Facial Palsy: Restoring the Eyelid-Eyebrow Function and Aesthetics

Costas Papageorgiou MD, London July 2014

Overcoming the effects of facial paralysis is a long process requiring  multidisciplinary input, subspecialty expertise and a staged systematic approach. Whether the journey of facial reanimation requires retraining of muscles and nerves or surgery, the aim is to improve symmetry of the face and protect the vitality of the eye surface.

One of the key treatment objectives is to restore the dynamics of the eyebrow-eyelid complex and orbicularis oculi muscle. The orbicularis is a key muscle of  the periocular area, responsible for the resting tone and closure of the eyelid. The intricate balance between the action of the orbicularis (a protractor muscle   that closes the eyelid) and the levator palpebrae muscle (a retractor muscle that   antagonizes the orbicularis by lifting the upper eyelid) is affected by facial palsy at the advantage of the eyelid retractors. As a result impairment of eyelid closure occurs and regular lubrication is essential to maximize the protective barriers of  the corneal surface.

Depending on the underlying aetiology and the degree of anticipated neuromuscular recovery, surgical rehabilitation of the periorbital area aims to   reinforce the dynamic excursion and closure of the upper and the positional tone of the lower eyelid. Additional interventions can address eyebrow and lower face asymmetries.

The denervation of the orbicularis oculi muscle, can be counterbalanced by weakening the action of its natural antagonist muscles. In the upper eyelid, weakening the levator palpebrae superioris muscle (the muscle that primarily opens the eye) can be achieved nonsurgically or surgically. Botulinum toxins may be selectively injected into this muscle to induce relaxation of the eyelid and thus improve eyelid closure. Surgical weakening of the levator muscle can be performed via a hidden approach from the undersurface of the eyelid: a procedure named transconjuctival recession. Alternatively, placement of a gold or platinum weight through a small incision within the eyelid crease can improve the dynamic excursion of the upper eyelid and protection of the corneal surface.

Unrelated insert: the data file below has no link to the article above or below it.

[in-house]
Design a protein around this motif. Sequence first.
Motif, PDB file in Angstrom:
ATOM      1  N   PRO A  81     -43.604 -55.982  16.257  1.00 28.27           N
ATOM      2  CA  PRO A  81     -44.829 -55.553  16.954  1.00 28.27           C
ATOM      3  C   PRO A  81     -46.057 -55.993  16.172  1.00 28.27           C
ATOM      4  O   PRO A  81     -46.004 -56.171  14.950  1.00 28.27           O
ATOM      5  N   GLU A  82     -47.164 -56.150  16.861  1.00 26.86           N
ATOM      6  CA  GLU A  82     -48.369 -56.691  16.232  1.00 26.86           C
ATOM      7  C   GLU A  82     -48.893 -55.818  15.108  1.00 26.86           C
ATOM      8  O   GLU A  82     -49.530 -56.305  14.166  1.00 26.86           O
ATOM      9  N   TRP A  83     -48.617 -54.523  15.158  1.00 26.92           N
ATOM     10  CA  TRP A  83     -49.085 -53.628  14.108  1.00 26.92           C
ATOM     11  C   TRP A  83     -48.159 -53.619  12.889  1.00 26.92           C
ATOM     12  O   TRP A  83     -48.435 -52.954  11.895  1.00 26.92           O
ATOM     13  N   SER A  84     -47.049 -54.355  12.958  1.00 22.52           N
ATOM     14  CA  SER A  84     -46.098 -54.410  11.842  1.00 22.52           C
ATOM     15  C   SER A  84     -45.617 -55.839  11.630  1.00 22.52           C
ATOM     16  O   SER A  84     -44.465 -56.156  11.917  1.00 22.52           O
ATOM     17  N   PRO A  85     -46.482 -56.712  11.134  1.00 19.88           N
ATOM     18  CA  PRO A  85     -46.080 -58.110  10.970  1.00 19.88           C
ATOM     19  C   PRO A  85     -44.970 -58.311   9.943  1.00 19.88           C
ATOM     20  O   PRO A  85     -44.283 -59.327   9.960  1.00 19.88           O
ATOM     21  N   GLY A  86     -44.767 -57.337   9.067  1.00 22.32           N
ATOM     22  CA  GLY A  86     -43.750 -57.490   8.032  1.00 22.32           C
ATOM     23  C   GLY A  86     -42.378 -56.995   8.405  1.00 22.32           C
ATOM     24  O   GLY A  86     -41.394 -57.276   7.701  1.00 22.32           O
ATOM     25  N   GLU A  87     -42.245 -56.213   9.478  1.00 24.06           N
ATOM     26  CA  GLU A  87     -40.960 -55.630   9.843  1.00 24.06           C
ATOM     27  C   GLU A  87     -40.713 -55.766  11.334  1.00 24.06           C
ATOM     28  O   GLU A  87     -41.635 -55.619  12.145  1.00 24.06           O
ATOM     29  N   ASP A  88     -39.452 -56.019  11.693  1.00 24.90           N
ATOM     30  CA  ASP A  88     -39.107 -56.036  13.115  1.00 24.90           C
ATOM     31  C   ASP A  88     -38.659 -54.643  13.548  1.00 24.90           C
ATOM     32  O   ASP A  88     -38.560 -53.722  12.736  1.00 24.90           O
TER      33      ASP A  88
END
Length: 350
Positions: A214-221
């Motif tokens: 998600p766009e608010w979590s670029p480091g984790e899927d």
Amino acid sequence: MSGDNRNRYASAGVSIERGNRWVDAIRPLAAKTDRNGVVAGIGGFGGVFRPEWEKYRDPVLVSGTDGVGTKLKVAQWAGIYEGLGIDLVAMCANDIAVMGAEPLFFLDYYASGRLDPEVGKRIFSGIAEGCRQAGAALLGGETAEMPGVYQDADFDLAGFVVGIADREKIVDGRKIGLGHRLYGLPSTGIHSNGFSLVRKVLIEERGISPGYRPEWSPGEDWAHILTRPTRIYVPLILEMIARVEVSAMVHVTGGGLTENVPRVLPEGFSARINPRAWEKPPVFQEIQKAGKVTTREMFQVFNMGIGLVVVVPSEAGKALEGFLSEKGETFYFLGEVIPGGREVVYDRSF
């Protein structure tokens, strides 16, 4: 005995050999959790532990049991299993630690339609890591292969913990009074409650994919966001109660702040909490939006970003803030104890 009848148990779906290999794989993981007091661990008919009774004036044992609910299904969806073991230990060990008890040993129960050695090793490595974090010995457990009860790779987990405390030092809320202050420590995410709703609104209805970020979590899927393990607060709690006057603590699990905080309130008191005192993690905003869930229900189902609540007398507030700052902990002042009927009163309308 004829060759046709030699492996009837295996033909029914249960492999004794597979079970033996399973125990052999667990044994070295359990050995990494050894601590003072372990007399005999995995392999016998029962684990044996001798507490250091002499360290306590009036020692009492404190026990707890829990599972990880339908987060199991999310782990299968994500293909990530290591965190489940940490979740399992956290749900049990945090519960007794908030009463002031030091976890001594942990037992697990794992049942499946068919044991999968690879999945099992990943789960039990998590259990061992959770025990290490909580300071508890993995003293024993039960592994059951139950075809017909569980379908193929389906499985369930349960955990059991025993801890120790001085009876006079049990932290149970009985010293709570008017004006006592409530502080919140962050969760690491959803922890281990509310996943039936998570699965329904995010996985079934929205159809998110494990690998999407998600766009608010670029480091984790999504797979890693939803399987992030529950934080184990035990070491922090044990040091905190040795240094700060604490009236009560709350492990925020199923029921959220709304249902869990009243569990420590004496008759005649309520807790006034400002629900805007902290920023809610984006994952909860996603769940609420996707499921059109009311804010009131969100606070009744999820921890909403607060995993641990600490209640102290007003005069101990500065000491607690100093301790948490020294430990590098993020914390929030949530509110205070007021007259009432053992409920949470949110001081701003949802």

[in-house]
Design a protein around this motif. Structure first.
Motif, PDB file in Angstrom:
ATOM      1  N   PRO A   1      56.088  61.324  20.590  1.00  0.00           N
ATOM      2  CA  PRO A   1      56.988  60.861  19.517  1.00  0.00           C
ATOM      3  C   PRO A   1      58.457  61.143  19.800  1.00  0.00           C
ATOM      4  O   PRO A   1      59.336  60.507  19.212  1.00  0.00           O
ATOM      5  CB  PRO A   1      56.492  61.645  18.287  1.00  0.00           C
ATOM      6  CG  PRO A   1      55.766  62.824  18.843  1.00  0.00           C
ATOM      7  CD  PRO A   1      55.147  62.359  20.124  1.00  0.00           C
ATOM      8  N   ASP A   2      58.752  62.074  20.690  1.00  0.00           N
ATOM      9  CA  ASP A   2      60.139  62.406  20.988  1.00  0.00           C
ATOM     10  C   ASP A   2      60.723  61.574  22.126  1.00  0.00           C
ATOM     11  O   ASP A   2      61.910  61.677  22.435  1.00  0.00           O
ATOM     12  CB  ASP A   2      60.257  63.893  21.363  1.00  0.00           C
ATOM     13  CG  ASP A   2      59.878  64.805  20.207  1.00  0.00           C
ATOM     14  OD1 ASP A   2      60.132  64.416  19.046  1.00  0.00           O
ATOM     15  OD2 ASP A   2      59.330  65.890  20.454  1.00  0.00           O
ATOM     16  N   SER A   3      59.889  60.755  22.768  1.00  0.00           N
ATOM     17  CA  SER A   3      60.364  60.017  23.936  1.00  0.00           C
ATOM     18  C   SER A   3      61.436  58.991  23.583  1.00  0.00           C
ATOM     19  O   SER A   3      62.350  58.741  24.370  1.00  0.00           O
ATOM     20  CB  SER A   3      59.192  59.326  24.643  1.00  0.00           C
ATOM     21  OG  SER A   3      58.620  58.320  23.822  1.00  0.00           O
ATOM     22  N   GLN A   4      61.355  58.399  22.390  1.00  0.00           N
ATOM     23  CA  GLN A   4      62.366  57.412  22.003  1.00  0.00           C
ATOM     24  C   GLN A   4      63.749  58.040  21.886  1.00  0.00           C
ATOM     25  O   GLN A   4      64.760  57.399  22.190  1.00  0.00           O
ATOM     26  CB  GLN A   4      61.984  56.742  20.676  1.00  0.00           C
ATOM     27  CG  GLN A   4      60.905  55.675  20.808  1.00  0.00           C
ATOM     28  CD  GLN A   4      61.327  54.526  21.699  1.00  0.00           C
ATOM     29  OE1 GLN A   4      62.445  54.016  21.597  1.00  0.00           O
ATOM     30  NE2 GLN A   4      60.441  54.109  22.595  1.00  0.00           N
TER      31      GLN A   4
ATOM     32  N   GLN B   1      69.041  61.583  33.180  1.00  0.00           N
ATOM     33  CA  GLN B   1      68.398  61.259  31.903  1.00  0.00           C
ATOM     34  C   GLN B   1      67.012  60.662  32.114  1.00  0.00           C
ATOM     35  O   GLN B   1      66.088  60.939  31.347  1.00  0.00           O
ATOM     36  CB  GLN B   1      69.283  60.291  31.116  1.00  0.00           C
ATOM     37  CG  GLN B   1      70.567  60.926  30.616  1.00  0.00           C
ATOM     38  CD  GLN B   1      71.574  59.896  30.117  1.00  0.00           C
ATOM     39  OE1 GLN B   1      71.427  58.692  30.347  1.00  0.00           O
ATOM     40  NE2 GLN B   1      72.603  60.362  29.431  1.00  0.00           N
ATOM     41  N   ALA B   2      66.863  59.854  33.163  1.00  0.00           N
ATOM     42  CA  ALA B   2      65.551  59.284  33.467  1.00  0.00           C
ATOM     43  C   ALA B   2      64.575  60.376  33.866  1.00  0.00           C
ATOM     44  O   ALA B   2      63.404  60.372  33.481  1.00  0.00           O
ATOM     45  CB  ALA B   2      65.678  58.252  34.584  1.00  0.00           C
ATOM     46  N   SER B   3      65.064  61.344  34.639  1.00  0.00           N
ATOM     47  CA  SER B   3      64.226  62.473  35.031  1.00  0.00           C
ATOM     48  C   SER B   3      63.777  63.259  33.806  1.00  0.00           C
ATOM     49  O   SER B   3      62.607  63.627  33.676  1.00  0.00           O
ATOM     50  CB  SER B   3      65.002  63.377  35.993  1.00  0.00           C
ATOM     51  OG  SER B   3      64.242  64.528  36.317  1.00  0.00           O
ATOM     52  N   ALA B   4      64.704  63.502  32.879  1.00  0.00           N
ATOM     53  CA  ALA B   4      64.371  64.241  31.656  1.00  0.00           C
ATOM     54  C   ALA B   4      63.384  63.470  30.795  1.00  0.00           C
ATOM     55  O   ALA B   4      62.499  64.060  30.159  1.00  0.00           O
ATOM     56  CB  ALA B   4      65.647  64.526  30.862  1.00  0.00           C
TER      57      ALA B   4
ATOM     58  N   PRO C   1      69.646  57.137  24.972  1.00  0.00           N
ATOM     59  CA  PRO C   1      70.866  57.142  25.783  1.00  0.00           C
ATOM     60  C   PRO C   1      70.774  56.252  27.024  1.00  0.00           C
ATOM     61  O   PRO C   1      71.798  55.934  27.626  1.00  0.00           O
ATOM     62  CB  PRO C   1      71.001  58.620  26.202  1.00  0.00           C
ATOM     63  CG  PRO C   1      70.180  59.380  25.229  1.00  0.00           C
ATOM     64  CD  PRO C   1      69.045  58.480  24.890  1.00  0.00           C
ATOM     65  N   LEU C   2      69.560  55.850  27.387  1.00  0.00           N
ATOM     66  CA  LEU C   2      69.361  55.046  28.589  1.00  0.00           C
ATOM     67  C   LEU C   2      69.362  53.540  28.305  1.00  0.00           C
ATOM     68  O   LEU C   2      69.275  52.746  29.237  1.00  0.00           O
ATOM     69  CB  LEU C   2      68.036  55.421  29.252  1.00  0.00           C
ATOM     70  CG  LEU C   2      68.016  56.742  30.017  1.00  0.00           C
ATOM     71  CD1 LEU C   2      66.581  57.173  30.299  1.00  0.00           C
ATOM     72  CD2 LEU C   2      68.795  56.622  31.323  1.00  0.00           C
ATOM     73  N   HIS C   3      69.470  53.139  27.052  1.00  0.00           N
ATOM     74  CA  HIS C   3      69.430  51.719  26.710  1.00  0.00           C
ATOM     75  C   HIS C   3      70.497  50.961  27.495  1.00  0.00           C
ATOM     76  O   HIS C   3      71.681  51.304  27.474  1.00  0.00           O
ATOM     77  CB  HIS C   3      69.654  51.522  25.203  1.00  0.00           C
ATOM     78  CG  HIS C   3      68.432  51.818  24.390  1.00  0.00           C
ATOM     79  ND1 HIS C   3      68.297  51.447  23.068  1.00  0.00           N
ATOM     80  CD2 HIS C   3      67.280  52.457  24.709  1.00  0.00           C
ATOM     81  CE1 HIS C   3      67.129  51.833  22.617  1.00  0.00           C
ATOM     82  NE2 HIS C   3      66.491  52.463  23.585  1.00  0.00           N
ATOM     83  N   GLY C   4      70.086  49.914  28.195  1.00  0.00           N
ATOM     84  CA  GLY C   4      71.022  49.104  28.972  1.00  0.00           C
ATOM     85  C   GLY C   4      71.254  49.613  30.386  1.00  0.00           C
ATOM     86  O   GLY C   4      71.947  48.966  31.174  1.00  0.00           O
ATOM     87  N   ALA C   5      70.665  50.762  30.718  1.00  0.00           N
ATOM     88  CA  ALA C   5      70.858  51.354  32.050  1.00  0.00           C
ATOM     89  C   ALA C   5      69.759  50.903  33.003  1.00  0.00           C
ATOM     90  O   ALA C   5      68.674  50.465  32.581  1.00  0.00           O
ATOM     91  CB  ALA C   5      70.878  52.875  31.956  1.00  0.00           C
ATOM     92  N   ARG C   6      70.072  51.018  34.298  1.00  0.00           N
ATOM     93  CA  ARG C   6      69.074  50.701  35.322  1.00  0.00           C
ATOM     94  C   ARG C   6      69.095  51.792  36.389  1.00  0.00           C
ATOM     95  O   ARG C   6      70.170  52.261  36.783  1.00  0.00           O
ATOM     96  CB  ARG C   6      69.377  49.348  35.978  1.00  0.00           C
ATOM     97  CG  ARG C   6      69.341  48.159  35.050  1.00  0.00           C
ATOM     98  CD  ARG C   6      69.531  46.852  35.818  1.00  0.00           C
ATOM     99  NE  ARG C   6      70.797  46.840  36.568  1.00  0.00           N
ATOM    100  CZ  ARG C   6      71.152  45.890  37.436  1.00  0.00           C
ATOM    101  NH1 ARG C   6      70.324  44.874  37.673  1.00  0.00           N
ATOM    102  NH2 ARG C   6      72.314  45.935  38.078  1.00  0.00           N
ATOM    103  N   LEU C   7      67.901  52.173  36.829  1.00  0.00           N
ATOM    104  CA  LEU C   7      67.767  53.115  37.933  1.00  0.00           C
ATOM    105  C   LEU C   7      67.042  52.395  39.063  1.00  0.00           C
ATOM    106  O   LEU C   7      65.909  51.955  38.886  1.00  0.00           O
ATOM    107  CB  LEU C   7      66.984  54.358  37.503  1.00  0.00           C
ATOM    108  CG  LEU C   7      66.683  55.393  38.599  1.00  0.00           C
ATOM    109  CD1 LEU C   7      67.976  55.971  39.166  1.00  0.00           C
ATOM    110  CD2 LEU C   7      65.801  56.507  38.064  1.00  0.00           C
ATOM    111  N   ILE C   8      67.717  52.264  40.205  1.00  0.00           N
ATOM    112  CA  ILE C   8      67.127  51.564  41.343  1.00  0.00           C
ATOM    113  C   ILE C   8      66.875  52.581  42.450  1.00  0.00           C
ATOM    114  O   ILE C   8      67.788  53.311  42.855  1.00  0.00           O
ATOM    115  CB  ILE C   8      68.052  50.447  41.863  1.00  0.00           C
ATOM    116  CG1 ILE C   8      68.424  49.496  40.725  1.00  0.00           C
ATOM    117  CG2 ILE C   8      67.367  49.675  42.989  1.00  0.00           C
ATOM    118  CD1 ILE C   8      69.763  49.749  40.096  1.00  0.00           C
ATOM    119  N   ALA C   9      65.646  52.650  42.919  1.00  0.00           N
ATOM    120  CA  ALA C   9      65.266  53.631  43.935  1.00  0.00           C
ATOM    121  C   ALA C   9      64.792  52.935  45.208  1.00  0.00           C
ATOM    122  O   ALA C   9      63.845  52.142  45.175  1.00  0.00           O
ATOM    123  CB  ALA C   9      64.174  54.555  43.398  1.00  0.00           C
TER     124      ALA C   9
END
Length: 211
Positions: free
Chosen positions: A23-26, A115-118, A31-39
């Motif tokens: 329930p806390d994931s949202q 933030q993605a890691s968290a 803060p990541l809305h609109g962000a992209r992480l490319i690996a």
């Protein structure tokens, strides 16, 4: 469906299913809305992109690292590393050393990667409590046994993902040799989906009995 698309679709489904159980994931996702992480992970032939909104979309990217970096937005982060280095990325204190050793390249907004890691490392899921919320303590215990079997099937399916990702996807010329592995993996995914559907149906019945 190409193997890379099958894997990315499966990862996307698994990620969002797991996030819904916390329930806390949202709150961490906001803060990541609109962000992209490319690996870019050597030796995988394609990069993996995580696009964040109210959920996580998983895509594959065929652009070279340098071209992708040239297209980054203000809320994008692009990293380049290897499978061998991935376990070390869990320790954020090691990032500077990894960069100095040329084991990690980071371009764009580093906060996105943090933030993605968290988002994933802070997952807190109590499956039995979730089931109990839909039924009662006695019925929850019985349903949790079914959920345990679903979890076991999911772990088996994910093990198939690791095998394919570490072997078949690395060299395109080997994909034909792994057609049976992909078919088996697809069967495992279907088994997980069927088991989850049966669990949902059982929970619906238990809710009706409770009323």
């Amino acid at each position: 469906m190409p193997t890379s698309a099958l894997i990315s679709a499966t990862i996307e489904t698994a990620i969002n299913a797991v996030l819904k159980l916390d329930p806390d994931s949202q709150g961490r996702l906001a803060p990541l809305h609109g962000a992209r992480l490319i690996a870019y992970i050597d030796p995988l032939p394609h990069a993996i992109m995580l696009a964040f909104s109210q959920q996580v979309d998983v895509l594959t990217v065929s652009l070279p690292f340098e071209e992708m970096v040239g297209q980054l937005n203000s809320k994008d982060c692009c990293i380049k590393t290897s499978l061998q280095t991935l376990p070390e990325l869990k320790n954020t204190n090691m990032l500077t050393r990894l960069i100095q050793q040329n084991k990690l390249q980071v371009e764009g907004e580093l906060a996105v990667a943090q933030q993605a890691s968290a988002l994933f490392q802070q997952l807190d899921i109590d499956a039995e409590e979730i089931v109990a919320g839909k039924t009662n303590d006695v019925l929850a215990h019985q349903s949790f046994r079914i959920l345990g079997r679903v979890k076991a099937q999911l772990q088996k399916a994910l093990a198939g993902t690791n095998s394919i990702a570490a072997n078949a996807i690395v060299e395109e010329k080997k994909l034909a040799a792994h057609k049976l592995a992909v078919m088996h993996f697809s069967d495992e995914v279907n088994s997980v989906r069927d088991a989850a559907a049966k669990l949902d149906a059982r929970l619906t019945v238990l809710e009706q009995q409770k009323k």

Additional reinforcement of the tone of the lower eyelid by strengthening the ligaments at the corner of the eye (lateral canthal resuspension or canthoplasty) can improve the position the position and the interface with the ocular surface. Volumizing agents like hyaluronic acid gel injections may play an important role in the early stages when surgery is not recommended. Placement of the filler in the upper eyelid and within the plane of the levator muscle provides a “gold weight”  effect and counterbalances the retraction of the upper eyelid. For patients with   transient facial palsy with good prognosis for recovery of facial muscle function, hyaluronic acid gel injection is an elegant way to protect the eye and avoid surgery.

In similar fashion, injections of hyaluronic acid gel within the lower eyelid complex  can improve the position of the eyelid margin, ameliorate asymmetry, and most importantly minimize exposure of the corneal surface and lagophthalmos. Botulinum toxin type A (BTTA) injections may have an important role in balancing  the action of overacting muscles and symptoms of synkinesis. Synkinesis is the result of abnormal facial nerve regeneration and manifests as abnormal synchronization of facial movements, where muscles other than those intended contract together during specific actions of the face. The most common effect of synkinesis is when patients experience eye closure or twitching while smiling or chewing.

BTTA injections can relax the unwanted muscle movements on the normal side   of the face and reduce tension in areas of the face that are hyperactive due to synkinesis. Treatment of synkinesis in conjunction with re-education of muscles and nerves can be initiated at any time after symptom onset and augment results of medical and surgical therapies.